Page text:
Martin Seligman Learned Optimism

Martin Seligman Learned Optimism

Martin Seligman Learned Optimism: The father of the new science of positive psychology and author of Authentic Happiness draws on more than twenty years of clinical research to demonstrate how optimism enchances the quality of life, and how anyone can learn to practice it.

Martin Seligman Learned Optimism

Offering many simple techniques, Dr. Seligman explains how to break an “I—give-up” habit, develop a more constructive explanatory style for interpreting your behavior, and experience the benefits of a more positive interior dialogue. These skills can help break up depression, boost your immune system, better develop your potential, and make you happier.

Martin Seligman Learned Optimism

With generous additional advice on how to encourage optimistic behavior at school, at work and in children, Learned Optimism is both profound and practical–and valuable for every phase of life.

"Vaulted me out of my funk.... So, fellow moderate pessimists, go buy this book." —Marian Sandmaier, The New York Times Book Review

Martin Seligman Learned Optimism Summary

Learned Optimism digs into why optimists are healthier, happier, and more successful people than pessimists, how both are learned attitudes and what you can do to become an optimist yourself.

Do you ever notice some people in life who just seem to have everything go their way? Who run their lives as if in cruise control mode, where everything works on autopilot and is super easy?

I know I do.

Martin Seligman, the father of positive psychology, has spent decades of research trying to find out why some people manage their lives so easily. His answer: They’re optimists.

He calls optimism and pessimism explanatory styles, they are the way in which we explain bad events in our lives. There are 3 characteristic points of view when looking at problems, in which optimists and pessimists differ.

1. Optimists see problems as temporary, pessimists as permanent.

2. Optimists see problems as specific to a situation, pessimists make them a general case.

3. Optimists see problems as externally caused, pessimists blame themselves.

Martin Seligman Learned Optimism

 

Martin Seligman Learned Optimism: Both styles are acquired and can be learned.

One of the advantages of being an optimist is being healthier. Studies found optimism boosts your immune system, and even increased the health of cancer patients. What’s more, optimists are likely to take good care of their bodies, because they believe that their choices will make a difference. Pessimists are prone to junk food and no exercise, as they believe it won’t matter.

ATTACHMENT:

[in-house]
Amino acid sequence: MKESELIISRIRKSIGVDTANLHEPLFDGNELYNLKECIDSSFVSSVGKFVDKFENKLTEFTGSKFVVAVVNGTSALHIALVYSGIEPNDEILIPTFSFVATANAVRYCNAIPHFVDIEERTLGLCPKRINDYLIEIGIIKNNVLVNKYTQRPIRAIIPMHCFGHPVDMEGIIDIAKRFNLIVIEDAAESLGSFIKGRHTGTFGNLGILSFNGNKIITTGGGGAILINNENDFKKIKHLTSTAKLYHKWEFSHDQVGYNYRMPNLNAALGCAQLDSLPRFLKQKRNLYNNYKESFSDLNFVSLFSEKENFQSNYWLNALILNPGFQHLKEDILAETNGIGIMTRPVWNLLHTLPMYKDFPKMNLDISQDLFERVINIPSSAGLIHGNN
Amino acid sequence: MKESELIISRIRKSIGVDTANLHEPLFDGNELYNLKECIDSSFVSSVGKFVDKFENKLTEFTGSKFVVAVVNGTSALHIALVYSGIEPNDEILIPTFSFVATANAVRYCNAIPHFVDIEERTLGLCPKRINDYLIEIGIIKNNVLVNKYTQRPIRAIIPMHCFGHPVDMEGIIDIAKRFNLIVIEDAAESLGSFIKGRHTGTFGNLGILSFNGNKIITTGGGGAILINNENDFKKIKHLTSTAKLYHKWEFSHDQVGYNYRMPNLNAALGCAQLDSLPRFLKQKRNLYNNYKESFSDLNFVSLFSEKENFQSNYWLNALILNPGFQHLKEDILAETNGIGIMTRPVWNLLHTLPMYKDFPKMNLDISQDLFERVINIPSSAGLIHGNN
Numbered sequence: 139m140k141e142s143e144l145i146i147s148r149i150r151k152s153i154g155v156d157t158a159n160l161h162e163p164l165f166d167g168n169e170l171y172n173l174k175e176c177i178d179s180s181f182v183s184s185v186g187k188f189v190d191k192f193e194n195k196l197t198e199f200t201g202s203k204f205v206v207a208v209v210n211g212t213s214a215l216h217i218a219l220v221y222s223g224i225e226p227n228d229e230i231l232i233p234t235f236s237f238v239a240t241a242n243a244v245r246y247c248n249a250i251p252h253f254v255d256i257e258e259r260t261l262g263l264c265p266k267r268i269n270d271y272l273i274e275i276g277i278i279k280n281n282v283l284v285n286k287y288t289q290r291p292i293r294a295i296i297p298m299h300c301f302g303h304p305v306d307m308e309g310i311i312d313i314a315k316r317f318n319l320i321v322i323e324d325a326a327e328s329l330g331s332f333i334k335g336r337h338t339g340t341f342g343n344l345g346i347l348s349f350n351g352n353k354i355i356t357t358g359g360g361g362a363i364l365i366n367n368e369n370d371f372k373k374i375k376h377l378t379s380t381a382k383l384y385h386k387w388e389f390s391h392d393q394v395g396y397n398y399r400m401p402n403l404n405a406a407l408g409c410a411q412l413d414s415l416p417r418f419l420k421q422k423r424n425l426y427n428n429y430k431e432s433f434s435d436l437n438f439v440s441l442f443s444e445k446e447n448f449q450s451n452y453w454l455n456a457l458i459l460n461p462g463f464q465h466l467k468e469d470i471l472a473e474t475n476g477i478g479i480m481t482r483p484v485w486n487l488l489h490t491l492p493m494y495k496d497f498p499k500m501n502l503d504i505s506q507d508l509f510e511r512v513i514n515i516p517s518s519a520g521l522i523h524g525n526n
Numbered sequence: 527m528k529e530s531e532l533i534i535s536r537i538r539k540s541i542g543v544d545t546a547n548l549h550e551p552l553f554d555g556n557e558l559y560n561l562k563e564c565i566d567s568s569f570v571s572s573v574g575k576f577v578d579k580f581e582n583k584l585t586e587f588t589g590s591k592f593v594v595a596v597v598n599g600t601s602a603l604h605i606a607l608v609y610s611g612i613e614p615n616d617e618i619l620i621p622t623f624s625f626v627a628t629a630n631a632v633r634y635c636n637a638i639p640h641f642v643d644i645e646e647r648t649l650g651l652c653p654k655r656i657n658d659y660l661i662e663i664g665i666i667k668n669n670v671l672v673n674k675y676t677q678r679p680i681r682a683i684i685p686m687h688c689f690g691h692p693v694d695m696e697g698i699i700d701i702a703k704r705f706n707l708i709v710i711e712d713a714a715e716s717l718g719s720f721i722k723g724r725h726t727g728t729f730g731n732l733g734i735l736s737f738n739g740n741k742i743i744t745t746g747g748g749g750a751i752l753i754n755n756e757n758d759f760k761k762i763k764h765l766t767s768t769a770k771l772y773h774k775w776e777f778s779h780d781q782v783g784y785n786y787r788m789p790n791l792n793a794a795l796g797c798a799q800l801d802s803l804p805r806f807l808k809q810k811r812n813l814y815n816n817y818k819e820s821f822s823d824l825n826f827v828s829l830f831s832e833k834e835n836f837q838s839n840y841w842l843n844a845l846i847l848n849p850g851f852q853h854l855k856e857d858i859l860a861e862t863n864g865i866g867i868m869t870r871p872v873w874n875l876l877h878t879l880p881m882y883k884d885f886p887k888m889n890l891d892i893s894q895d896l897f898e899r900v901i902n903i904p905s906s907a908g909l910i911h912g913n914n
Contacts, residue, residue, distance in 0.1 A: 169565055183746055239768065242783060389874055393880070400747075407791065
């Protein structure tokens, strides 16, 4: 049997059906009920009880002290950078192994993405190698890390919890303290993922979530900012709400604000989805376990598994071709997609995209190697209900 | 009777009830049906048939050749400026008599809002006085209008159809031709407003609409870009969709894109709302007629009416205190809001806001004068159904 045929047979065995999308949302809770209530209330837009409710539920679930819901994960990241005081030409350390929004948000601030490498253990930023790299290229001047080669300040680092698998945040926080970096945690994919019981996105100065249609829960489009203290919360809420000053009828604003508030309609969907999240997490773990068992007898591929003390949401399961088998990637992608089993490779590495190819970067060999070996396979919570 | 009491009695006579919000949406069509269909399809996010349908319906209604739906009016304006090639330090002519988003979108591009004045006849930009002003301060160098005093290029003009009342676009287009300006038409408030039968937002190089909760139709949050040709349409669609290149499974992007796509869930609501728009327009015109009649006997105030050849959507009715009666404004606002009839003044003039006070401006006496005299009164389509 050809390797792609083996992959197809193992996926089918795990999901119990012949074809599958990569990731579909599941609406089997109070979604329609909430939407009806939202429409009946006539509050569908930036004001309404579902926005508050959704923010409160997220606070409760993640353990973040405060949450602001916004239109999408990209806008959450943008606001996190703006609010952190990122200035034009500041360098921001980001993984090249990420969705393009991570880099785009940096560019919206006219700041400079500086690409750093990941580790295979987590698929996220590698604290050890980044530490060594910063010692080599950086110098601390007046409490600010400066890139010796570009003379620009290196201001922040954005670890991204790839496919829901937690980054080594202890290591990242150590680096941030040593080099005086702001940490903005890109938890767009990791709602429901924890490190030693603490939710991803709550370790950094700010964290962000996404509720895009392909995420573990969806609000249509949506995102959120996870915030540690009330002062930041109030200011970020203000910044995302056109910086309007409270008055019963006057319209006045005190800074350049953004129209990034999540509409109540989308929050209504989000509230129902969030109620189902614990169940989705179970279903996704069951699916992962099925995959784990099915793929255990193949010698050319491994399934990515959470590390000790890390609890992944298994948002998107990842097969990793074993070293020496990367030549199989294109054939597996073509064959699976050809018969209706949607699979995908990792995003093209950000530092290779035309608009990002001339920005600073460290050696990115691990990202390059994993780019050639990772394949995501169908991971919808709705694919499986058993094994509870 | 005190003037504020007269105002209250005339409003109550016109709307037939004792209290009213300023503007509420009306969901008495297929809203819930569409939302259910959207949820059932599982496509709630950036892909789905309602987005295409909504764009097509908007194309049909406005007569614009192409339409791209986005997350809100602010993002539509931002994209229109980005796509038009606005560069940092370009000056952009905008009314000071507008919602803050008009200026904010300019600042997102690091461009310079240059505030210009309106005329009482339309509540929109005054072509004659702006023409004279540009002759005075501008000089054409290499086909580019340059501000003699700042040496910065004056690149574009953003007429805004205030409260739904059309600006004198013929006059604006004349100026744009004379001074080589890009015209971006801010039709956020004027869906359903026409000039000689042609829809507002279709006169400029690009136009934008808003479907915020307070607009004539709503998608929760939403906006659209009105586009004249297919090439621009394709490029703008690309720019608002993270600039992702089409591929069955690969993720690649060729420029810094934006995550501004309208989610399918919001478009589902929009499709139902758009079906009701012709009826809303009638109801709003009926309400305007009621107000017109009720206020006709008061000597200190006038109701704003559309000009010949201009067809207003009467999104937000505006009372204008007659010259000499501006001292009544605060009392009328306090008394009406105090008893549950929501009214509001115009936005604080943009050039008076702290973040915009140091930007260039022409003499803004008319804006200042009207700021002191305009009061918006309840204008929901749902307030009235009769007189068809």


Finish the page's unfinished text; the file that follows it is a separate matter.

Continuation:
Martin Seligman Learned Optimism: Pessism

On the other hand, pessimism can likely be a cause of depression. Believing that nothing you do will change anything can of course make you depressed. A study where people had to press buttons to make noises stop found symptoms of depression in them whenever the experiment was rigged so that the buttons had no effect.

Optimism is also a deciding factor in professional sports. Seligman looked at baseball teams in 1985 and determined the New York Mets were the most optimistic team, the St. Luis Cardinals the most pessimistic. Guess who won the World Series one year later? The Mets.

Talent at work is just as overrated as talent in professional sports. The University of Pennsylvania usually assesses their freshmen according to their SATs, high school grades and achievement test. When they let Seligman segment the new students into optimists and pessimists, it turned out that the optimists exceeded expectations, where pessimists fell behind.

That same optimism will also carry you through a successful career, as Seligman’s study with Metropolitan shows. He hired people for them who underperformed skill-wise, but showed great optimism. The new employees outperformed even those with better skills.

So what can you do to become an optimist as quickly as possible?

Use the ABC technique by Albert Ellis. It works like this: When facing a crisis, you note 3 things about it.

  • What’s the Adversity? For example you just got fired.
  • What is my Belief about this? e.g.  you may believe you did a horrible job and that’s why you were let go.
  • What is the Consequence of my belief? e.g. you may feel depressed and can’t get out of bed for 2 weeks.

How people decide to deal with a negative event determines almost entirely how much it will affect them. That’s why it’s important to start recording ABCs and seeing where you can change your beliefs.

Once you’ve recorded a few negative believes, start challenging them. Ask yourself if they’re really true, whether there’s another explanation and if they’re true, what that implies.

Then you can start labeling your thoughts into two categories: useful and not useful. Whenever you notice a thought is not useful to you, then you should probably not pursue it any further. Start thinking of negative events as temporary, specific and external, record your ABCs and know that your attitude is learned – you can change it at any time.

This way, you’ll be well on your way to becoming a true optimist.